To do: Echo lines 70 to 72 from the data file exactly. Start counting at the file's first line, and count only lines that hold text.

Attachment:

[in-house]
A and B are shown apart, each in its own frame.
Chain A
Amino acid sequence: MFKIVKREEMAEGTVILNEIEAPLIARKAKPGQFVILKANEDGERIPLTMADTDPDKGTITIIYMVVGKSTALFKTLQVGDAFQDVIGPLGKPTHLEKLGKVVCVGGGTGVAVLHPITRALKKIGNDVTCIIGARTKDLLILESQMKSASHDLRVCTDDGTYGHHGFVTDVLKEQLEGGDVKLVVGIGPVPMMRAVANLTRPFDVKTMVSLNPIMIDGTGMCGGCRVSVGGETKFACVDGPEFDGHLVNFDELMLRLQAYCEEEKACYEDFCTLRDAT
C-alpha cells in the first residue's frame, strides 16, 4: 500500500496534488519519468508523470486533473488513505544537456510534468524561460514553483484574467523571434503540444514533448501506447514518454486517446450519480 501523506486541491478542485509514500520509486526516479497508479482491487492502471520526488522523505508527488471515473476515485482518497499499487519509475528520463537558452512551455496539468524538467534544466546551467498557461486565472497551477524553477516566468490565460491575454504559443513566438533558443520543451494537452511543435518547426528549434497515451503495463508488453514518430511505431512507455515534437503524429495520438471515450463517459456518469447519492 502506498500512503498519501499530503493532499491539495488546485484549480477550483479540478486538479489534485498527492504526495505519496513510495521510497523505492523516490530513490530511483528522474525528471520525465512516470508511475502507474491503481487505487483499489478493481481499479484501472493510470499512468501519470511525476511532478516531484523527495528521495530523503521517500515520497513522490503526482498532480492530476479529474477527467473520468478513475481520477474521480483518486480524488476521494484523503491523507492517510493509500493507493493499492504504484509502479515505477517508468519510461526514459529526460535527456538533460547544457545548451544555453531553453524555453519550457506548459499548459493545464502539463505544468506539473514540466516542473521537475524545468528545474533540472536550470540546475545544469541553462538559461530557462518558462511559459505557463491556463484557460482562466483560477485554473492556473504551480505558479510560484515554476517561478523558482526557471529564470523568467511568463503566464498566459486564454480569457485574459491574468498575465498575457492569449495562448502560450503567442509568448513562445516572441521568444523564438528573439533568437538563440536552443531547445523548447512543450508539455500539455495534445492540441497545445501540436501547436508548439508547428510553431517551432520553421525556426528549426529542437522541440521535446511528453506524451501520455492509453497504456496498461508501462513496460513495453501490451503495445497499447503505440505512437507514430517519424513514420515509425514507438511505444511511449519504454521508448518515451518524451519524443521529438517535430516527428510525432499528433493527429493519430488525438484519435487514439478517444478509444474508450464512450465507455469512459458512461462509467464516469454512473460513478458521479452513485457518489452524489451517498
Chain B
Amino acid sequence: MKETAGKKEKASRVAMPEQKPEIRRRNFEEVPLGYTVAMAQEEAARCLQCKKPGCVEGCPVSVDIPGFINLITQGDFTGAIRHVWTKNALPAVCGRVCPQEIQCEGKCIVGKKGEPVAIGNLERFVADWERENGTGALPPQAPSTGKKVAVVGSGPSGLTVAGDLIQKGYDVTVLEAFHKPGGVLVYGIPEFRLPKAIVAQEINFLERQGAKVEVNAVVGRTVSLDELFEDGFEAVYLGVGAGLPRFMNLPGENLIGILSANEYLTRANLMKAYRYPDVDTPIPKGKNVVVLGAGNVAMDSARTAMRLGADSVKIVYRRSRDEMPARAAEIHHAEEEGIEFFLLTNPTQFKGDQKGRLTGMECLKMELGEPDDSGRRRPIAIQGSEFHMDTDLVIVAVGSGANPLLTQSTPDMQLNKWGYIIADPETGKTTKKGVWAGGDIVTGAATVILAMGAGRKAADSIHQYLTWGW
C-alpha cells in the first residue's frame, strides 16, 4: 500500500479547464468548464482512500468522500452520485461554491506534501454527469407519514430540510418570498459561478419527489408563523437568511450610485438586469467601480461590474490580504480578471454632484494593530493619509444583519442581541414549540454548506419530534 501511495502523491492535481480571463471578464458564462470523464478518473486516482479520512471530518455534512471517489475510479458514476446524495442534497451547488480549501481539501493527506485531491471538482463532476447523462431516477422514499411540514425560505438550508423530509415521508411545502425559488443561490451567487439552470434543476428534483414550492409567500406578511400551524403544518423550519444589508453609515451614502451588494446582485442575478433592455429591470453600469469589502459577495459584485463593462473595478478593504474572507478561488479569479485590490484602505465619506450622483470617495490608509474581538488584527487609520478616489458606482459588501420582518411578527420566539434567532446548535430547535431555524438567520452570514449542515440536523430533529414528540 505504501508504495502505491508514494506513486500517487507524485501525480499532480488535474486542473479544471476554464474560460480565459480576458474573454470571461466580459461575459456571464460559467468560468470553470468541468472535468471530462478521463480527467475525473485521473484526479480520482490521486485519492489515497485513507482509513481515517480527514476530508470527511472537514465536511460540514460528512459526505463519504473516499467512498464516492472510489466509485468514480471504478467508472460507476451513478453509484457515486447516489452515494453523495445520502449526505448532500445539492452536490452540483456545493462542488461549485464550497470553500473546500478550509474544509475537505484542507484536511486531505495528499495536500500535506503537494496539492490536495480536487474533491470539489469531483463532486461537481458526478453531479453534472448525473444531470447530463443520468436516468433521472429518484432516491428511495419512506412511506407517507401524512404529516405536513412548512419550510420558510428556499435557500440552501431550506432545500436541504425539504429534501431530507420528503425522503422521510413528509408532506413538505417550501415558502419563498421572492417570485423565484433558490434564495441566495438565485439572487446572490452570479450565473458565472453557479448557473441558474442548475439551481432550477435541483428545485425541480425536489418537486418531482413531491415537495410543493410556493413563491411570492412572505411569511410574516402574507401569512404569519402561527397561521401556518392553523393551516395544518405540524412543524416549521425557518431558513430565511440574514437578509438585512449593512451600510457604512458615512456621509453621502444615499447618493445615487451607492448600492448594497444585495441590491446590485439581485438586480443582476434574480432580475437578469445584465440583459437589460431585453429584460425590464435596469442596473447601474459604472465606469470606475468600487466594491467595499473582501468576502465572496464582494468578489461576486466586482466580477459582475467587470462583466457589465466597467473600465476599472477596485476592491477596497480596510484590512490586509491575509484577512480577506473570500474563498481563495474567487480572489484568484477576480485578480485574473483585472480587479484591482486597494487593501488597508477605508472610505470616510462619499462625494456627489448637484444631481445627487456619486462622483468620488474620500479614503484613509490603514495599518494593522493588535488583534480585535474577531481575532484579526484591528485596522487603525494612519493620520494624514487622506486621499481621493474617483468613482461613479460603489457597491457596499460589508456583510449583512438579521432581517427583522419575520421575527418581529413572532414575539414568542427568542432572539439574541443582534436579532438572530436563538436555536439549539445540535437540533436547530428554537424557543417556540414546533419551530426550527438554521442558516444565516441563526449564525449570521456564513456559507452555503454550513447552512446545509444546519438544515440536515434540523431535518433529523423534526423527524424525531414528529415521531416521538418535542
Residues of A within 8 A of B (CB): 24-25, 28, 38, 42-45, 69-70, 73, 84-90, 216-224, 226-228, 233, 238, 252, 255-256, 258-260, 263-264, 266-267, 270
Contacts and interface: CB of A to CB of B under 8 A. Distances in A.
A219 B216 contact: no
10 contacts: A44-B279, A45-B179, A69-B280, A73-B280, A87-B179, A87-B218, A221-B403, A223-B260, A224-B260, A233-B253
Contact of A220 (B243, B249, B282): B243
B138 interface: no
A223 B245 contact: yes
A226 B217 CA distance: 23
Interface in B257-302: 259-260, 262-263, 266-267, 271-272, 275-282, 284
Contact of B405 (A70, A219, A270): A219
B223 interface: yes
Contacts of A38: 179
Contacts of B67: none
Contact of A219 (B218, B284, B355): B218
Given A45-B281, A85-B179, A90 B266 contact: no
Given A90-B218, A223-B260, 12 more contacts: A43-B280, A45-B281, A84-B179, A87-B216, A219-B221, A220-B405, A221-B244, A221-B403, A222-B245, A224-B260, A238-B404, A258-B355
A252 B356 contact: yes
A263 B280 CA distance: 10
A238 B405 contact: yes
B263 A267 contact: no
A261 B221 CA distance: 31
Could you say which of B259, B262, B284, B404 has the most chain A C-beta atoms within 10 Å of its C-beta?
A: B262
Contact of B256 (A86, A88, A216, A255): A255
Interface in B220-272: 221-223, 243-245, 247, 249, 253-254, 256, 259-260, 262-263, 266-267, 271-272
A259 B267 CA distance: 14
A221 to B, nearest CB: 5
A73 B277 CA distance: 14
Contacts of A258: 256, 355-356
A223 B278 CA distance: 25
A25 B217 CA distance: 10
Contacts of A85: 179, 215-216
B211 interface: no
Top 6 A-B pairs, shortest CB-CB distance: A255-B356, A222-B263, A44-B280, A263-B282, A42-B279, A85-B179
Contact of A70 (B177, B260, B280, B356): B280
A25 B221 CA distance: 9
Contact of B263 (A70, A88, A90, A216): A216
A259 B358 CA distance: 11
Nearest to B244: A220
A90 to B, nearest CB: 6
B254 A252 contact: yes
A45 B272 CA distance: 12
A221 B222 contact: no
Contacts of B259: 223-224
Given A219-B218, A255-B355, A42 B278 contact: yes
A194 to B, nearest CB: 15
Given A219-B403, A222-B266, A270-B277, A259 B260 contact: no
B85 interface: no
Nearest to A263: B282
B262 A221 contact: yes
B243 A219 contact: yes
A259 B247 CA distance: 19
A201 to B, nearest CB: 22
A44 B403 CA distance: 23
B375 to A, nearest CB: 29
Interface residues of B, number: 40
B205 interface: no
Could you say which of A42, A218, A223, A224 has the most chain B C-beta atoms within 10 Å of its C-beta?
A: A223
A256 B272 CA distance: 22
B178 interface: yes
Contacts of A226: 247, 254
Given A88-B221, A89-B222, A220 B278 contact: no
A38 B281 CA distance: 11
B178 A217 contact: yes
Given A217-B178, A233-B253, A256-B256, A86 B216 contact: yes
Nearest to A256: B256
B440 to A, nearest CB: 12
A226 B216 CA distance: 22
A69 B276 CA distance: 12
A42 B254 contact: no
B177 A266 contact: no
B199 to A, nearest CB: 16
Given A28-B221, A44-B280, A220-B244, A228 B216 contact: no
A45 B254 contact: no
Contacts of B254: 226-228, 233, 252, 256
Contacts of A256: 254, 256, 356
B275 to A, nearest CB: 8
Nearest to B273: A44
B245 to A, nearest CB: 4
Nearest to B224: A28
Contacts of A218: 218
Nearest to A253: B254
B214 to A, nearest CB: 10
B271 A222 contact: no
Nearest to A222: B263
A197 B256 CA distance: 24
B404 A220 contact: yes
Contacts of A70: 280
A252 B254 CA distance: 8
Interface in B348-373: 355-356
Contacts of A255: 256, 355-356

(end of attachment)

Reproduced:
Contacts of A226: 247, 254
Given A88-B221, A89-B222, A220 B278 contact: no
A38 B281 CA distance: 11